Thanks again to Button for the signal boost-- but especially for posting this poem, right now, in this climate/context. A few notes:
1. You can find the full text here, and this poem is also included in my new book, available online through Button or in person.
2. This is one of those poems that is about a specific topic, but has more going on underneath too. On one level, it's about men's responsibility to talk to other men about gender violence and sexual assault preemptively and proactively. This is not to say that men are always the perpetrators, or that men can't be victims, or that sexual assault only occurs along the gender binary-- none of that is true. It is just to say that statistically, it's important that men bring these conversations into spaces to which we have disproportionate access.
But on another level, this is a poem that attempts to think critically about the concept of allyship, or a framework that only allows for heroes and villains. It's about how much anti-oppression work of any kind is about relationships and the community/culture we build through both our actions and inaction. I hope that we can read/hear this poem in that context as well-- especially with everything going on in the world right now-- the election (my thoughts on that here), #NoDAPL, the continuing struggles against mass incarceration and police violence, and a whole host of other issues. What does it mean to challenge ourselves to do more than just "be" on the right side of an issue?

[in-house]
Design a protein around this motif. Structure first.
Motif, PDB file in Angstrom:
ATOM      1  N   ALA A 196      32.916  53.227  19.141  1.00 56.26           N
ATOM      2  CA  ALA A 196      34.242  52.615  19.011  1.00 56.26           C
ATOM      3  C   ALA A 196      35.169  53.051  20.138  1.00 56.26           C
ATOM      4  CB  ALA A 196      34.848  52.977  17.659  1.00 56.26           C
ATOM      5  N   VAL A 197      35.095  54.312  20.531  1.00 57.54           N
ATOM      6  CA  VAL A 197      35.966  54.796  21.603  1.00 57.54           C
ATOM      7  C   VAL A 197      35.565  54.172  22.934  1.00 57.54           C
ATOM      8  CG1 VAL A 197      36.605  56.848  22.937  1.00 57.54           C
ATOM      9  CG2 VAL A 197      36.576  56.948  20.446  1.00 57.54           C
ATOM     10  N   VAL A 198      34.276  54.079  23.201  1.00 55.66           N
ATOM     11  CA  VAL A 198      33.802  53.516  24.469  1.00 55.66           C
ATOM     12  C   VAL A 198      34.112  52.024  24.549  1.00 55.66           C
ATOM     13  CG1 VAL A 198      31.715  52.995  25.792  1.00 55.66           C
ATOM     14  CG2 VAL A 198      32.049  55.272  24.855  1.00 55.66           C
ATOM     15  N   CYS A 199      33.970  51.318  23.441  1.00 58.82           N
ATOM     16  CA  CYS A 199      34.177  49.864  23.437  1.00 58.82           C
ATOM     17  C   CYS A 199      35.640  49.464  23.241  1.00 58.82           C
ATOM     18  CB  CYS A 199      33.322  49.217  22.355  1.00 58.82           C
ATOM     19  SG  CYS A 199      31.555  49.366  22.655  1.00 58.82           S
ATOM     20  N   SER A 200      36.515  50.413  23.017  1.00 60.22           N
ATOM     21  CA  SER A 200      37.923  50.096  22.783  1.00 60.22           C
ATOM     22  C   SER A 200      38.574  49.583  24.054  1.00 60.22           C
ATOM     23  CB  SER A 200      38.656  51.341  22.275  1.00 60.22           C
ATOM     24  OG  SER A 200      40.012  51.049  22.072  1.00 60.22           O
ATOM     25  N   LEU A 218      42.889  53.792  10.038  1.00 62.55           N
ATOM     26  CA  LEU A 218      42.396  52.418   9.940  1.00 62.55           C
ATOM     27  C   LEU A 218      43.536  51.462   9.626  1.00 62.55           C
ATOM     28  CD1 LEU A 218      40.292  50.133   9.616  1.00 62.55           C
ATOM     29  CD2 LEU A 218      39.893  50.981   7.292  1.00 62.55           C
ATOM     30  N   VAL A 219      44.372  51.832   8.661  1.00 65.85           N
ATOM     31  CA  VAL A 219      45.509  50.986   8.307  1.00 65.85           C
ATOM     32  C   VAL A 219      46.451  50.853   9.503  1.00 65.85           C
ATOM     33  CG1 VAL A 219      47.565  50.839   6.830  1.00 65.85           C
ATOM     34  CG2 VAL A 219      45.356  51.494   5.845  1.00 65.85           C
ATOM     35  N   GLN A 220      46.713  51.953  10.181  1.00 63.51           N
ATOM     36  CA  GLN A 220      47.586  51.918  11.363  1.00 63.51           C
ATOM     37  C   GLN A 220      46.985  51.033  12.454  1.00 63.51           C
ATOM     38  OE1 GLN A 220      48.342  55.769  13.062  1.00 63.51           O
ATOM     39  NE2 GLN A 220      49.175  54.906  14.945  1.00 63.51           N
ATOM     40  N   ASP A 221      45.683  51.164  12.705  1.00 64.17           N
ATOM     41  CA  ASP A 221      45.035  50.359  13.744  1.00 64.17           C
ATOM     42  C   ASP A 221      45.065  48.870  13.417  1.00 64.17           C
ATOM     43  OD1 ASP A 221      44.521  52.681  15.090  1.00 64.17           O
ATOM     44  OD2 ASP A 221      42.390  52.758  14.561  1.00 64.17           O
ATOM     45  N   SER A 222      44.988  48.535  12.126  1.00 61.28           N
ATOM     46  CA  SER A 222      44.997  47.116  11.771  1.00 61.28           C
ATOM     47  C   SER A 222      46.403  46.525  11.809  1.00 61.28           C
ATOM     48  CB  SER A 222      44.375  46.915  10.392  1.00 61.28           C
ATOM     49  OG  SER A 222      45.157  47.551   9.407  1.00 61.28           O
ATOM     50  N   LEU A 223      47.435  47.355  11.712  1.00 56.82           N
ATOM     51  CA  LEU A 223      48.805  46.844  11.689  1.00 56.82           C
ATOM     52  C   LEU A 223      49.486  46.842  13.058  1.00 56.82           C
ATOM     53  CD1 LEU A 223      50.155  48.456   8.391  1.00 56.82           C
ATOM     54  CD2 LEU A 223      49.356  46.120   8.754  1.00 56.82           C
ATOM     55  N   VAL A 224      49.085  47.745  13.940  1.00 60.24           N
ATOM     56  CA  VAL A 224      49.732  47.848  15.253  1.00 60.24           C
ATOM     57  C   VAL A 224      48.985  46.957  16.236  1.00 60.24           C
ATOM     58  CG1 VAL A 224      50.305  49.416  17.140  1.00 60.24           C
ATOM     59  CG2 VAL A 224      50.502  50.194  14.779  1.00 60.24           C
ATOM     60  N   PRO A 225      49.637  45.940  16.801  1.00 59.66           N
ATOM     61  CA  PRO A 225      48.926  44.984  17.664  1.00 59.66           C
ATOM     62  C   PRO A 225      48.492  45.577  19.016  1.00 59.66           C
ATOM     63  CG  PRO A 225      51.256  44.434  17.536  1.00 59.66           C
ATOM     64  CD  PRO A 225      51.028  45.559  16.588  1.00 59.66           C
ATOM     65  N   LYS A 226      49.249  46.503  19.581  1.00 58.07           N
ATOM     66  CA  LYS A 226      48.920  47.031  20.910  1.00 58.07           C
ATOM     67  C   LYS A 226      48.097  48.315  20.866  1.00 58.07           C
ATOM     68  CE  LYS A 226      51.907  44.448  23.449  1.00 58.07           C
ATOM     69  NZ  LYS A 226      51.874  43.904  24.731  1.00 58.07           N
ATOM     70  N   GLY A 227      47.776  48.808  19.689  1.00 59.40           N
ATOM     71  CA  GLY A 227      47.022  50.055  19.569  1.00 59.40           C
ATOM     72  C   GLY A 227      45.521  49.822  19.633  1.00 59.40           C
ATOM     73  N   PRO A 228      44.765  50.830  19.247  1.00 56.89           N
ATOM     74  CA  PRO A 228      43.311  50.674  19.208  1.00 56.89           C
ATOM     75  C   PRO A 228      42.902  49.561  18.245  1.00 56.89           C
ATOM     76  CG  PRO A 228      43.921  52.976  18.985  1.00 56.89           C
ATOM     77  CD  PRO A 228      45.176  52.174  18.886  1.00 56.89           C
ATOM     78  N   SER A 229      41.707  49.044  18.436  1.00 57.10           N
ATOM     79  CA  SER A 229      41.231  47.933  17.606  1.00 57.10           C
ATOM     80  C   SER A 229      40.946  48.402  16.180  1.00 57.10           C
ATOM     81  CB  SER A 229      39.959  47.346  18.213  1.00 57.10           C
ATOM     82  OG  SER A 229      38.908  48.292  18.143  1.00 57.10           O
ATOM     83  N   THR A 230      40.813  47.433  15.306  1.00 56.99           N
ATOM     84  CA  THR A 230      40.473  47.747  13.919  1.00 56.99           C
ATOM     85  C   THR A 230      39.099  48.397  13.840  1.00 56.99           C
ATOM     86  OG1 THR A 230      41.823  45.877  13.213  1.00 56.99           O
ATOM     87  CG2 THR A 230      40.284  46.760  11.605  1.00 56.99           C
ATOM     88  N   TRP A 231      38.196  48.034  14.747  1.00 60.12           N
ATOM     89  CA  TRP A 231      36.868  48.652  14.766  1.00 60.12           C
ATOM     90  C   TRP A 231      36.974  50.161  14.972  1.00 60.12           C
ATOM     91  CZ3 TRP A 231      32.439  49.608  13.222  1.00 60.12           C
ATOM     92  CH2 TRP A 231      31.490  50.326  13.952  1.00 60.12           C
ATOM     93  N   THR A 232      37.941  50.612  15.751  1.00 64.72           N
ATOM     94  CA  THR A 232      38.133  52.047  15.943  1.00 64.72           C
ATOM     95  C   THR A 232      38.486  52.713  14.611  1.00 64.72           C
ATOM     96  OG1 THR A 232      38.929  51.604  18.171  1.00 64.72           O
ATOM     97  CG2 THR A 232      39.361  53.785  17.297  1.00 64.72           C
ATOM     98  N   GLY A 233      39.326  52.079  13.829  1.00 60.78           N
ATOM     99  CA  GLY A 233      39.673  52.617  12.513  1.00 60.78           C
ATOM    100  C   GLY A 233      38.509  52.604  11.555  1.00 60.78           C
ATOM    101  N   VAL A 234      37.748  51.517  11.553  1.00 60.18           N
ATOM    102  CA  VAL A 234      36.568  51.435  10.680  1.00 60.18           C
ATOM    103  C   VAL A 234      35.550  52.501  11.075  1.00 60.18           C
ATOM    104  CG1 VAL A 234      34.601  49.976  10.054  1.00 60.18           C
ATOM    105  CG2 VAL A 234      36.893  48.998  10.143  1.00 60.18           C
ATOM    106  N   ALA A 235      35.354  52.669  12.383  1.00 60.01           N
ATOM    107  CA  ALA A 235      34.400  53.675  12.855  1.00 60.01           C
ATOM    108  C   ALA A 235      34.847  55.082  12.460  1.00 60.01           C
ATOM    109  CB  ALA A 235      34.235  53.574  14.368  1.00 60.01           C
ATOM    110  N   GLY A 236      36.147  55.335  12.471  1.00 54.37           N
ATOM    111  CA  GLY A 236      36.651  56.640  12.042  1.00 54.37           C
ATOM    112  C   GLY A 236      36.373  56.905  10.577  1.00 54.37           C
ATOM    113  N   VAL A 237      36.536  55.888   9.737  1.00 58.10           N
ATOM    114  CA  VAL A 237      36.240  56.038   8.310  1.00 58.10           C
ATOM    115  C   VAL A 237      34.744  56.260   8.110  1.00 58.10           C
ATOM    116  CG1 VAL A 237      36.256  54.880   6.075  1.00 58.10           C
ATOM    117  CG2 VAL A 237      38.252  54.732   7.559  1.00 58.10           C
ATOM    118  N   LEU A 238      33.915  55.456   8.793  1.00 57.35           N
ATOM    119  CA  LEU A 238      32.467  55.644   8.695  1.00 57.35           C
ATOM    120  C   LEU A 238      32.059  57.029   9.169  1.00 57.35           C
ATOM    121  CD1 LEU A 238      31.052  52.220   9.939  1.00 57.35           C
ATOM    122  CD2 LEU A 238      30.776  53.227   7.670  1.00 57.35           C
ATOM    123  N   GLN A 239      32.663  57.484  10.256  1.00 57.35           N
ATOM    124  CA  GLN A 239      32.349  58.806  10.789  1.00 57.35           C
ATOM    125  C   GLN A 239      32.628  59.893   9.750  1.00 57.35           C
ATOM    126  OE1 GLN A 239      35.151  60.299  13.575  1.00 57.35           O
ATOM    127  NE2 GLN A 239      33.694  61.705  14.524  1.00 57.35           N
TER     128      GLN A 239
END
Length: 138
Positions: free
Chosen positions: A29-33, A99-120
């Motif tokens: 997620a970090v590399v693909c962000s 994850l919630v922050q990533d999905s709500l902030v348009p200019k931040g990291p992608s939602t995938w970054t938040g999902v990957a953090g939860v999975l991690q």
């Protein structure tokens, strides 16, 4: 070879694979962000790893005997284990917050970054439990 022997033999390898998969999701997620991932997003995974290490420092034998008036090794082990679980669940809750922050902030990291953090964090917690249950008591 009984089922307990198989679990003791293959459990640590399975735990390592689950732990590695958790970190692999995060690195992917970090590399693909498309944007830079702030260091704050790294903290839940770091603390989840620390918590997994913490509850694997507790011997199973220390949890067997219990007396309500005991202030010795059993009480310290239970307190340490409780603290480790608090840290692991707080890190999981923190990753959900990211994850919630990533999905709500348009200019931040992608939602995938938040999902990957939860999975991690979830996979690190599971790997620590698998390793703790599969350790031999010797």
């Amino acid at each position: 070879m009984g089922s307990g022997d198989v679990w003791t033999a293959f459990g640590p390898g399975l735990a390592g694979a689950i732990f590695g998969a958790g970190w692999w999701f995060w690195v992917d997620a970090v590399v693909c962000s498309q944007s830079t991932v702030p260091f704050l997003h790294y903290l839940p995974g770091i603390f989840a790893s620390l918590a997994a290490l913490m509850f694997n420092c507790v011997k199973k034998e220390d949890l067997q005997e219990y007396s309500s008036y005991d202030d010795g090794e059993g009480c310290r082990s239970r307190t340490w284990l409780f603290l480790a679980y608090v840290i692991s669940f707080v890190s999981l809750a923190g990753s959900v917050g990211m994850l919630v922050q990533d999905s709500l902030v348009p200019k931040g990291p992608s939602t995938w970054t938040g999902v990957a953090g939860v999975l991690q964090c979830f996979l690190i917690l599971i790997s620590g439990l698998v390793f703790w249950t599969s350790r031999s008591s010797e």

*EDIT: a handful of post-election resources relevant to this conversation*
3. I got to perform this poem at the United Nations last year, which I think is testament less to the poem or to me, and more to the work that so many have been doing-- on campuses, in communities, on social media, and everywhere else, to fundamentally move the conversation around sexual assault forward. In MN alone, I have to shout out SVC, the Aurora Center, MNCASA, and everyone doing that work.
Please feel free to share. A couple other resources: